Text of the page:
Two of the foremost non-governmental organizations monitoring the judicial system, Accion Ciudadana and Movimiento Pro Justicia, as well as numerous governmental and independent analysts, also connect the presidency to Herrera. These outside observers say the presidency uses the current head of the IGSS, Juan de Dios Rodriguez, as his go-between for Herrera.

The implication is that the vice president may have her own interests to protect from an aggressive attorney general like Paz y Paz. However, the president refuted the alleged connections between Herrera and Baldetti and his office.

"The rumor [that Herrera is the presidency's political operator] that a small sector of the press and some observers pick up has no basis," the president said. "There does not exist any relationship beyond rumor with Mr. Herrera, not with the president or the vice president."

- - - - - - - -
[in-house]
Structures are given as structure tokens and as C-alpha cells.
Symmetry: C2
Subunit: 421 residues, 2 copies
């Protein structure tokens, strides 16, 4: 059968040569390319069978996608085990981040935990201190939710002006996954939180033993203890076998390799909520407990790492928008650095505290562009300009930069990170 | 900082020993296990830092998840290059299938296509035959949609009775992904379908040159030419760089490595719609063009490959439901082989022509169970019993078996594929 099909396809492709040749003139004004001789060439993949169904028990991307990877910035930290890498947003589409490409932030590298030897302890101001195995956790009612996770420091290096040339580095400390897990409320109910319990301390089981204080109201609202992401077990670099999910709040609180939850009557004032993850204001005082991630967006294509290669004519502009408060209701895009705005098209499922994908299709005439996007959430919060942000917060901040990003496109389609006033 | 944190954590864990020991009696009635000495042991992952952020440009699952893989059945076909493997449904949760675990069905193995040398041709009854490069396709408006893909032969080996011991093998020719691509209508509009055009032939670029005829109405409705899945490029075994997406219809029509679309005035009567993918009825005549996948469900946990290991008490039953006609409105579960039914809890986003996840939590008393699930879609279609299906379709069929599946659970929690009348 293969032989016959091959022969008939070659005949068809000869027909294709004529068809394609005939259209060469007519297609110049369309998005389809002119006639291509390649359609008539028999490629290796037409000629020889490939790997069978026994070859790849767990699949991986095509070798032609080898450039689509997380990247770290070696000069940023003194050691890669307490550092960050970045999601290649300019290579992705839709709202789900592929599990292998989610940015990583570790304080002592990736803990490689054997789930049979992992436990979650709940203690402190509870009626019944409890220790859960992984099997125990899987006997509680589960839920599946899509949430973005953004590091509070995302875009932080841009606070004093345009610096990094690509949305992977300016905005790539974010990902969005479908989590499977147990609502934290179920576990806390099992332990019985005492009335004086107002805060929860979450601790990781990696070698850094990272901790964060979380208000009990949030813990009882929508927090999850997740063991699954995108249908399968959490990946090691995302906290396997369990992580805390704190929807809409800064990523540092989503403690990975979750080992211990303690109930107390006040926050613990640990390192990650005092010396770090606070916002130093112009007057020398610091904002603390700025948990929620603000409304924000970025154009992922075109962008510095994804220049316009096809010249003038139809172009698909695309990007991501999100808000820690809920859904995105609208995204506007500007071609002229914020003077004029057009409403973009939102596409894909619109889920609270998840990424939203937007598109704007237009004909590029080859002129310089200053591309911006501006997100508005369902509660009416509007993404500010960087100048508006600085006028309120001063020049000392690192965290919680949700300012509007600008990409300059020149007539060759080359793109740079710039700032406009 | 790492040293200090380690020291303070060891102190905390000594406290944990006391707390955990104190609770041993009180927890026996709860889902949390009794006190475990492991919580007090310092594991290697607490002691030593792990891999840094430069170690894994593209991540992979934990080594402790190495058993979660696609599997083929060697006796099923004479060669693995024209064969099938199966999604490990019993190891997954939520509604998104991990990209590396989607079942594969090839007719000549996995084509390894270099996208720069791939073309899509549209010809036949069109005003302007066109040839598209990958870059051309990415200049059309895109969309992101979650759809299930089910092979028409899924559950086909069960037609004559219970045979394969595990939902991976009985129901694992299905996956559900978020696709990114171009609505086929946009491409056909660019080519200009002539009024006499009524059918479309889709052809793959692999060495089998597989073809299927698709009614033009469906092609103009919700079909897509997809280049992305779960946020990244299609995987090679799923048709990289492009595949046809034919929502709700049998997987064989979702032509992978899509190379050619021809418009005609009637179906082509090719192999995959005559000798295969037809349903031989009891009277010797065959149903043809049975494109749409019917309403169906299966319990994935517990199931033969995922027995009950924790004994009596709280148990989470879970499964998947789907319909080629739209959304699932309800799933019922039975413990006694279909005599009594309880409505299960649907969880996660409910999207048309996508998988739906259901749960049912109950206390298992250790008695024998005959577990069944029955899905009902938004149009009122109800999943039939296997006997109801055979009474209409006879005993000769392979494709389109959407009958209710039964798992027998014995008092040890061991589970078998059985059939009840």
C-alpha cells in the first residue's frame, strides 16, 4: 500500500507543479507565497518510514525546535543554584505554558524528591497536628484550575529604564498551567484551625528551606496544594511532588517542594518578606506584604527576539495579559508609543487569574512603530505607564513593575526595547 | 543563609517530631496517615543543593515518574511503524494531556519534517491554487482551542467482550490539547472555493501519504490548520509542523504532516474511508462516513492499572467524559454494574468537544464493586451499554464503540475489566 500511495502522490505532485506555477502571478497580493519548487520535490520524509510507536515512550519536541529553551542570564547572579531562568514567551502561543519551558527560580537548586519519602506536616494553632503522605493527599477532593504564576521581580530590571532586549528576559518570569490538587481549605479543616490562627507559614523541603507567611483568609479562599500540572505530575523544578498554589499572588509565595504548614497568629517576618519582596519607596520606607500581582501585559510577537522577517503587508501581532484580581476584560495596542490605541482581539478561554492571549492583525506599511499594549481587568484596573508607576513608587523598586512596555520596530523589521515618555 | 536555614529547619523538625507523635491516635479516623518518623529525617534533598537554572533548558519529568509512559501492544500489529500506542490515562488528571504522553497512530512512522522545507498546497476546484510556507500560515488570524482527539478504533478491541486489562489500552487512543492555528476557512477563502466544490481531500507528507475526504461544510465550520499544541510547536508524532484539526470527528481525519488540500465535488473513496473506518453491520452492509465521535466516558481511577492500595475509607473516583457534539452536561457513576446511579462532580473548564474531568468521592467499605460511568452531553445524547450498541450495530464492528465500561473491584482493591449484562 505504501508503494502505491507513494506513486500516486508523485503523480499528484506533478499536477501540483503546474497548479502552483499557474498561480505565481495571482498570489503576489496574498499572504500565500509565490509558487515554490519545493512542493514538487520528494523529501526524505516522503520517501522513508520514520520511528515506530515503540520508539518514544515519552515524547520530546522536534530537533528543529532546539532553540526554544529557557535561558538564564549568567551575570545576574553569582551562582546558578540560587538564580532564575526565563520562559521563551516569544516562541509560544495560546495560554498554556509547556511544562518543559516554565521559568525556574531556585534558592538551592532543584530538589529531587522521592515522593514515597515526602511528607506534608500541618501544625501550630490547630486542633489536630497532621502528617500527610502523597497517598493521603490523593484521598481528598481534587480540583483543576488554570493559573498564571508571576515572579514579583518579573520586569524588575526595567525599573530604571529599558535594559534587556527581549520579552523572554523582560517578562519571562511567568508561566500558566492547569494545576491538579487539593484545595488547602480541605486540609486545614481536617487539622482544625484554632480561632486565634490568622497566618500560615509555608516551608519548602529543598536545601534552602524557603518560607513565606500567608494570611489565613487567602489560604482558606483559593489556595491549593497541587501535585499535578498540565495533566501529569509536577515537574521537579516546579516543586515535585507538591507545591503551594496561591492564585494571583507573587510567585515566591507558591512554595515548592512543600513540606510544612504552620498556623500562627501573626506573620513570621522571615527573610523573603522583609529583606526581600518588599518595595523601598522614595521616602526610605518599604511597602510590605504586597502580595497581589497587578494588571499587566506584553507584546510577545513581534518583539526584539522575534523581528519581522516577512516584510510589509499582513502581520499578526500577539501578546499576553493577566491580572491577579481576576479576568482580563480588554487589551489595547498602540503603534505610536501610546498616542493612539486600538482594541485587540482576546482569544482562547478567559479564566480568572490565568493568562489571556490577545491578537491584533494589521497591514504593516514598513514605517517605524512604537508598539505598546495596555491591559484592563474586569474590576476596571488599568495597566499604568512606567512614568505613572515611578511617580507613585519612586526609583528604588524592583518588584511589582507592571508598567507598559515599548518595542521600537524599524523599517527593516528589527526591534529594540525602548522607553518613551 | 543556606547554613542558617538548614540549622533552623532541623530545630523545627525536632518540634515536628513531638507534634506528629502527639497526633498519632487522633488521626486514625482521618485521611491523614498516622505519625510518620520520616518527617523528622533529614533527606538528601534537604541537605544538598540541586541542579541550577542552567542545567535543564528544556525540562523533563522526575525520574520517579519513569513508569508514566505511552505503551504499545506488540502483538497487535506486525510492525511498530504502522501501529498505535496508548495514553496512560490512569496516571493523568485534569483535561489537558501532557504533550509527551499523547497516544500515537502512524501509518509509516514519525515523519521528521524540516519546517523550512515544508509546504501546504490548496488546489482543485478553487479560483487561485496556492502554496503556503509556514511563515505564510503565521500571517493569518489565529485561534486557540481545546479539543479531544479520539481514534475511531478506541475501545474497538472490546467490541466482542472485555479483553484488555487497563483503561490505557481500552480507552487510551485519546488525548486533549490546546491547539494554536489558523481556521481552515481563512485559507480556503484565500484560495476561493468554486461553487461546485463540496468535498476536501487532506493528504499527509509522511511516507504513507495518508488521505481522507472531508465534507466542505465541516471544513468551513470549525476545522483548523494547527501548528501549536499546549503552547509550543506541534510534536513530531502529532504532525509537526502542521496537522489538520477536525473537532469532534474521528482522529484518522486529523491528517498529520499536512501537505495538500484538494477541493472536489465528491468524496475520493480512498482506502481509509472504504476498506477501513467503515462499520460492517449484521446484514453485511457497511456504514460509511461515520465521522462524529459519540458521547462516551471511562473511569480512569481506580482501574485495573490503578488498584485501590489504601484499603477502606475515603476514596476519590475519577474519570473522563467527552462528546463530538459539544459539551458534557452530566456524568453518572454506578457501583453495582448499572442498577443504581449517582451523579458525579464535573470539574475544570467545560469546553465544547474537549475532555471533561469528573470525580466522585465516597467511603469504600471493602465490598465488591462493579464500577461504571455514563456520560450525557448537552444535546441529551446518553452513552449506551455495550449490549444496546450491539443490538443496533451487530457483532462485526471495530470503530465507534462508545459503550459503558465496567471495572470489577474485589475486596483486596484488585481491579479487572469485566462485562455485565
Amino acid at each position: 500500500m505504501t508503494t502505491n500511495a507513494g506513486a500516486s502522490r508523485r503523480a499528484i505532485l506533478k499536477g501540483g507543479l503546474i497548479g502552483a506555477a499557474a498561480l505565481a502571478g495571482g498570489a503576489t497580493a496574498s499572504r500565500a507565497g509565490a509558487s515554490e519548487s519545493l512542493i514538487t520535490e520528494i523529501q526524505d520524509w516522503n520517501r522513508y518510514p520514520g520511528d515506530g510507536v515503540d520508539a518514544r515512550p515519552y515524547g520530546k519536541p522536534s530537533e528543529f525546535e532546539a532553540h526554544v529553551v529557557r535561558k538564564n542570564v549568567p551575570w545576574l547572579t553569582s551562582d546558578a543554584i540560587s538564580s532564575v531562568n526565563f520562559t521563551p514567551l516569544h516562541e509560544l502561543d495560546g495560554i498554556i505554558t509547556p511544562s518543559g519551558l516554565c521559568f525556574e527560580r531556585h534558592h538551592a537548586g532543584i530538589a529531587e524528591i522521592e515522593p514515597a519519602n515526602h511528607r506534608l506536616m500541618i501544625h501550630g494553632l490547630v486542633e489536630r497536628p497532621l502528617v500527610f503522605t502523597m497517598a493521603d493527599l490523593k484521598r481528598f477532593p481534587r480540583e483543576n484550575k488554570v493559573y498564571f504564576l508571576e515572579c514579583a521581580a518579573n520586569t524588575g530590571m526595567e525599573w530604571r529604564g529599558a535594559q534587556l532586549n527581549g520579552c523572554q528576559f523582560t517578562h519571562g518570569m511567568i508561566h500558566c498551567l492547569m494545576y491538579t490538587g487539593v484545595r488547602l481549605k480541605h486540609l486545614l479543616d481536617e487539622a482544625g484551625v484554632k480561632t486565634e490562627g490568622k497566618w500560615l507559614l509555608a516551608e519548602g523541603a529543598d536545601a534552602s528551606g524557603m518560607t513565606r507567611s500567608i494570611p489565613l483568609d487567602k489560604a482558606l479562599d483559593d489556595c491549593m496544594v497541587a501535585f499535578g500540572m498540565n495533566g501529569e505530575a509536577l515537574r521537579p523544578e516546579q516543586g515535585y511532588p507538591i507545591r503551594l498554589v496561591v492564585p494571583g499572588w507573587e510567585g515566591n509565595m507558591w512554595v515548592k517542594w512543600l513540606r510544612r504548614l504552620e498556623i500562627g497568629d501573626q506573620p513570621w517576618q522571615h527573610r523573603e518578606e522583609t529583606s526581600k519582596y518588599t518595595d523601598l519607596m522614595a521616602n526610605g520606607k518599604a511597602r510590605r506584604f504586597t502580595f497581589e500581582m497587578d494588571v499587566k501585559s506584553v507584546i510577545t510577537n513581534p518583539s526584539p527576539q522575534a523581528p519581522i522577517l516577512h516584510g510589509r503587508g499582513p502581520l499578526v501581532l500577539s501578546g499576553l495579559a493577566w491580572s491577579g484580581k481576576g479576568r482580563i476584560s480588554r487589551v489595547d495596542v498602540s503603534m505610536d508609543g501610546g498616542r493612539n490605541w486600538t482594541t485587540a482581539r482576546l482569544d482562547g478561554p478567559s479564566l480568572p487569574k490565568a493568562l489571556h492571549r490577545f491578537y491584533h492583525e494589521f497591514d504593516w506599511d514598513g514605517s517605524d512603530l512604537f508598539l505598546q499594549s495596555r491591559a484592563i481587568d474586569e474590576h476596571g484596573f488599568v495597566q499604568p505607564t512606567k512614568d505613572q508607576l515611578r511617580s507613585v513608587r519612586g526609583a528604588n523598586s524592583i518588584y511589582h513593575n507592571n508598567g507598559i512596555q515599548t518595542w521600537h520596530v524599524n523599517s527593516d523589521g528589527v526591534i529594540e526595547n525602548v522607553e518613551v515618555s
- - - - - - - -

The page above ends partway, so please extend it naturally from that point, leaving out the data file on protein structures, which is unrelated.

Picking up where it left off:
The president further distanced himself from Herrera when asked about the drug trafficking accusations he had made against Herrera in 2004.

"I reiterate what I said in April 2004," he wrote in response to InSight Crime's specific question about this matter.

The fact the president stands firm on the strong accusation he made previously may surprise those who still connect Perez Molina to Herrera. Contrapoder, which is financed by a member of Perez Molina's cabinet, recently described Herrera as "a government operative," who is at the heart of the problem of this process of selecting a next the MP.